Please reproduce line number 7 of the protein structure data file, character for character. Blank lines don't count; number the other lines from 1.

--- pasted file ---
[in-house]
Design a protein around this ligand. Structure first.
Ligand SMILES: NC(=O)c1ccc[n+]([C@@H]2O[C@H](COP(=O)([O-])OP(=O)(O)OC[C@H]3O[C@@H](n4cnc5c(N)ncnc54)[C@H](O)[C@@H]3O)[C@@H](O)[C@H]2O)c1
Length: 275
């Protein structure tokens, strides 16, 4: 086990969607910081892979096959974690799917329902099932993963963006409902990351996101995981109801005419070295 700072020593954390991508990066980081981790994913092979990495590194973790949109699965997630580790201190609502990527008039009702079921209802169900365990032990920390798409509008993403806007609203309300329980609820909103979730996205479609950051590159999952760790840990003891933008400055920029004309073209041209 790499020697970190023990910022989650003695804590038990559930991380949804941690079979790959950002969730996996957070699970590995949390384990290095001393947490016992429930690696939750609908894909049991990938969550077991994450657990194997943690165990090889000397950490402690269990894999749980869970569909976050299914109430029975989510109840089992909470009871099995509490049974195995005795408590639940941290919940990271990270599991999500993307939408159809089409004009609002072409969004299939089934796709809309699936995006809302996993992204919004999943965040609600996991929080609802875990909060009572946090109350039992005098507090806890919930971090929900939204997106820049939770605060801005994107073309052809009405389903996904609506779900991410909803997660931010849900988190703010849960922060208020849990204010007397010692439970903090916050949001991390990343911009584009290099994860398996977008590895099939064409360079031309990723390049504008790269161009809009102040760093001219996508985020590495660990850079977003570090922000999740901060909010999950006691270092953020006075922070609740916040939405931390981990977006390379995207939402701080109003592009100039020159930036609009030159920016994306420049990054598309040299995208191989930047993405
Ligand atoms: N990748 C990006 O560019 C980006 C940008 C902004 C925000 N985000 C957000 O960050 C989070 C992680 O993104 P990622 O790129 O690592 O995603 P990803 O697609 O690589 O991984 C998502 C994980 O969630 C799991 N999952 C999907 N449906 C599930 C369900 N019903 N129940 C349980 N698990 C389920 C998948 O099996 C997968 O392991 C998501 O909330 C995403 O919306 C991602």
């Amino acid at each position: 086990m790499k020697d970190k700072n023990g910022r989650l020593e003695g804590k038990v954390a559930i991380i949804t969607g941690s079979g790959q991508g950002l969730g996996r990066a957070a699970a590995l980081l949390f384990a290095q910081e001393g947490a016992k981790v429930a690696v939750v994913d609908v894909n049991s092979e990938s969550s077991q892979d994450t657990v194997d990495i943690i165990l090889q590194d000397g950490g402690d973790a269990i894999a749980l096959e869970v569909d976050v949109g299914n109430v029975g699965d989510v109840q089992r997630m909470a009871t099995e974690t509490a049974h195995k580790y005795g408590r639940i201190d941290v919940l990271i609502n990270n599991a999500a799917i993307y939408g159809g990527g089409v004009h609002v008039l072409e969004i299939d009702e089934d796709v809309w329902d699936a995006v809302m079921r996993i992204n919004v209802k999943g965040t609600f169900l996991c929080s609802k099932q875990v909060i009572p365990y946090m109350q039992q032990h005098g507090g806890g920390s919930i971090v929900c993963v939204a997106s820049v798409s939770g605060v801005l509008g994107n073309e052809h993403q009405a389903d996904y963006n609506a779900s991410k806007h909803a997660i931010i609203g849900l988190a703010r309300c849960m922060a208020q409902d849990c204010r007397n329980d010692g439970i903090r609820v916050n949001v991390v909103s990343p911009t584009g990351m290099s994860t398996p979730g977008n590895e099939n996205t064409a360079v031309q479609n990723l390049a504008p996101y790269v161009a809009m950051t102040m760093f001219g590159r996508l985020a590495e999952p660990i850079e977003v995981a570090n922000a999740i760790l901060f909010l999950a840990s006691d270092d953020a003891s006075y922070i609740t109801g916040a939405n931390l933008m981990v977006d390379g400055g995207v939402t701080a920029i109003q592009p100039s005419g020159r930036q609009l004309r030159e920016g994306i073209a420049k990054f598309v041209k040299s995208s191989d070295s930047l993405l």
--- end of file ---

């Amino acid at each position: 086990m790499k020697d970190k700072n023990g910022r989650l020593e003695g804590k038990v954390a559930i991380i949804t969607g941690s079979g790959q991508g950002l969730g996996r990066a957070a699970a590995l980081l949390f384990a290095q910081e001393g947490a016992k981790v429930a690696v939750v994913d609908v894909n049991s092979e990938s969550s077991q892979d994450t657990v194997d990495i943690i165990l090889q590194d000397g950490g402690d973790a269990i894999a749980l096959e869970v569909d976050v949109g299914n109430v029975g699965d989510v109840q089992r997630m909470a009871t099995e974690t509490a049974h195995k580790y005795g408590r639940i201190d941290v919940l990271i609502n990270n599991a999500a799917i993307y939408g159809g990527g089409v004009h609002v008039l072409e969004i299939d009702e089934d796709v809309w329902d699936a995006v809302m079921r996993i992204n919004v209802k999943g965040t609600f169900l996991c929080s609802k099932q875990v909060i009572p365990y946090m109350q039992q032990h005098g507090g806890g920390s919930i971090v929900c993963v939204a997106s820049v798409s939770g605060v801005l509008g994107n073309e052809h993403q009405a389903d996904y963006n609506a779900s991410k806007h909803a997660i931010i609203g849900l988190a703010r309300c849960m922060a208020q409902d849990c204010r007397n329980d010692g439970i903090r609820v916050n949001v991390v909103s990343p911009t584009g990351m290099s994860t398996p979730g977008n590895e099939n996205t064409a360079v031309q479609n990723l390049a504008p996101y790269v161009a809009m950051t102040m760093f001219g590159r996508l985020a590495e999952p660990i850079e977003v995981a570090n922000a999740i760790l901060f909010l999950a840990s006691d270092d953020a003891s006075y922070i609740t109801g916040a939405n931390l933008m981990v977006d390379g400055g995207v939402t701080a920029i109003q592009p100039s005419g020159r930036q609009l004309r030159e920016g994306i073209a420049k990054f598309v041209k040299s995208s191989d070295s930047l993405l």